By Sarah Brill, Science & Technology Editor
Disney-Pixar’s latest animated film, “Soul”, debuted on Disney+ on December 25 and became an instant phenomenon. Disney is no stranger to tackling difficult subject matters, from racism in Zootopia to single parenthood in Nemo. That being said, this was not the typical Pixar movie with hints of sarcasm and comedy thrust at the audience. This time, Pixar tackled a subject matter that many mainstream television companies and movie companies can barely hold a candle too, and they did it, in my opinion with elegance and classic Disney magic.
This movie follows the life of jazz musician Joe (Jamie Foxx) who receives his first real professional gig after months working as a part-time band teacher. That dream is suddenly crushed when he falls into a pot-hole and his soul is sent on a conveyor belt to the beyond. He is helped in his journey of trying to get back to the physical world by another soul called 22 (Tina Fey). 22 must find her spark while Joe must find his way back to his body. This movie shows the audience that everyone is born with an innate gift and it is up to him or her to discover that gift and share it with the world. The movie also teaches us that even if that given spark is never expressed, one can find their own spark through truly living life. The world will constantly throw obstacles at us, and if we don’t learn to adapt we will never truly live. These themes are difficult to conquer and Disney does that by means of animated and abstract characters; as is Disney’s modus operandi.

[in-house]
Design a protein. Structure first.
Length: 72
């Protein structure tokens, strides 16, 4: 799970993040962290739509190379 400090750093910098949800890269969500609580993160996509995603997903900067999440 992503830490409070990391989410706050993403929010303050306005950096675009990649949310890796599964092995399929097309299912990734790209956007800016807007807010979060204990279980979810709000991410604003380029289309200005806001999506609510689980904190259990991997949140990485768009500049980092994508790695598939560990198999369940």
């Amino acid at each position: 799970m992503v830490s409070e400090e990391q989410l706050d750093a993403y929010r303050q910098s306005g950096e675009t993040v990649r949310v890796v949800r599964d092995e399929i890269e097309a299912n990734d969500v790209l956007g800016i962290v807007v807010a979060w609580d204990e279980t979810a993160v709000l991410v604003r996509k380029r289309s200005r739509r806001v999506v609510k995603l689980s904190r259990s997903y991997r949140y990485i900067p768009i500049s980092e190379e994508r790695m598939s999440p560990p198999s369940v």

There has been some backlash surrounding this film from people who state that it doesn’t hold the essence of Disney or that it is too mature for a Disney film. Movies are changing, but the world around us is changing too. Subjects such as divorce, conflict, betrayal, and now life after death are becoming subject matters that need to be addressed to children in an appropriate manner, and Disney does that. As a person who has recently experienced a loss, taking that hardship and placing it in a Disney setting makes the loss seem more bearable, even if it is not realistic. Who knows — maybe heaven really is controlled by a conveyor belt and birth is controlled by Picasso-style characters? Either way, this movie confronts this difficult subject matter, and I truly believe it will be of help to anyone who has experienced a loss, whether that be child or adult, or to those who themselves feel lost in this infinite world of ours.